Francis Halsall, NCAD: "Social Systems in The Wire"
Niall Heffernan, UCC: "It's all in the Game: Game Theory in The Wire"
Barry Shanahan, UCD: "Authenticity and Representation in The Wire"
Daniel Fitzpatrick: ""The City as Body in Deadwood and The Wire"

Screening of a Mystery Episode

Followed by Music Inspired by The Wire

BYOB, Admission €5

Thursday, November 24, 2011

Royal Hibernian Academy - exhibition of Irish craft

Eye Candy Orange and Green (Catherine Keenan)

Starting today the RHA is about to host an exhibition of Irish craft:
For the first time, the Crafts Council of Ireland will hold an exhibition at the Royal Hibernian Academy (RHA) in Dublin. A selection of work from Irish Craft Portfolio 2011 will showcase contemporary work by some of Ireland’s most internationally-recognised makers.

Opens: 6pm, Thursday November 24, 2011
Where: RHA Gallery, Ely Place, Dublin 2
Exhibition Runs: November 24 – November 28, 2011

Sunday, November 20, 2011

Two new plays out in the Pearse Centre

Sheer Tantrum Theatre Company have two new plays starting tomorrow, 21st November, in the Pearse Centre on Pearse Street. Tickets cost €15/€12 and cover the two plays, except for the matinee performances which cost €7 and feature only one of the plays.

Here are the theatre company's descriptions of the two pieces:
The Applicant: Rachel needs Ian to have a winning smile. Ian doesn’t really care as long as he gets the job, or better still gets with Rachel. An absurd comedy that slaps in the face of recession!

Voices in the Rubble: Avril thinks she just killed the postman; then again it could be a case of mistaken identity. An absurdist comedy that pushes the boundaries of conventional marriage!

You can buy tickets over on

Friday, November 18, 2011

One act plays by La Touche Players

La Touche Players, based at the Teachers' Club, are being busy for the benefit of the drama-loving people in the city (and why not from further away, as well). They will be staging two one-act plays, nightly at 8 pm from Tuesday 22nd to Saturday 26th of November.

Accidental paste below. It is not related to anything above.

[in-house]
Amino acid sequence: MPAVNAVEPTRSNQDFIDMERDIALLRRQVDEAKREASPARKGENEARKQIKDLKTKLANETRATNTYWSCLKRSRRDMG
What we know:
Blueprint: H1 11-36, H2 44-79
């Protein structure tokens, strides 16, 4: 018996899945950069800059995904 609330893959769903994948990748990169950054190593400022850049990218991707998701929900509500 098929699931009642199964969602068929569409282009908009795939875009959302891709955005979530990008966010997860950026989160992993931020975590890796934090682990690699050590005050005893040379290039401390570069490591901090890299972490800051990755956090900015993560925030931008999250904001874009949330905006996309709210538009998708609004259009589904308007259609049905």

Here is what they have to say about them:

Smitten' by Anna Stillaman and Mark Matthews

In Smitten we find ourselves privy to a disturbing world lurking beneath the mask of normality in suburbia. The play starts somewhat innocently with two people who meet one stormy night. However, all is not what it seems, as each of them is hiding a deep secret... all will be revealed!

Directed by Karen Maher

‘Can't Stand Up for Falling Down' by Richard Cameron

Three women, Lynette, Ruby and Jodie, all from the same village, tell us about their lives now and in the past and how one man has had a profound effect on each of them. Their interweaving stories build to a climax which unites them against his brutish behaviour.

Directed by Emily Maher

Tickets €15 (concessions €12) are available at the door, or by emailing in advance latouche.bookings at

The venue is the Teachers' Club, Parnell Square.

Thursday, November 17, 2011

The Government Inspector by Nikolai Gogol - via Roddy Doyle

Photo by Ros Kavanagh, courtesy of The Abbey

I just want to mention briefly that the Abbey's Christmas production is The Government Inspector by Nikolai Gogol.  It's a new version by Roddy Doyle.  I studied this in college so I'm really excited to see it and will have a review for our readers soon after it opens.  It starts previews next week and runs until the end of January.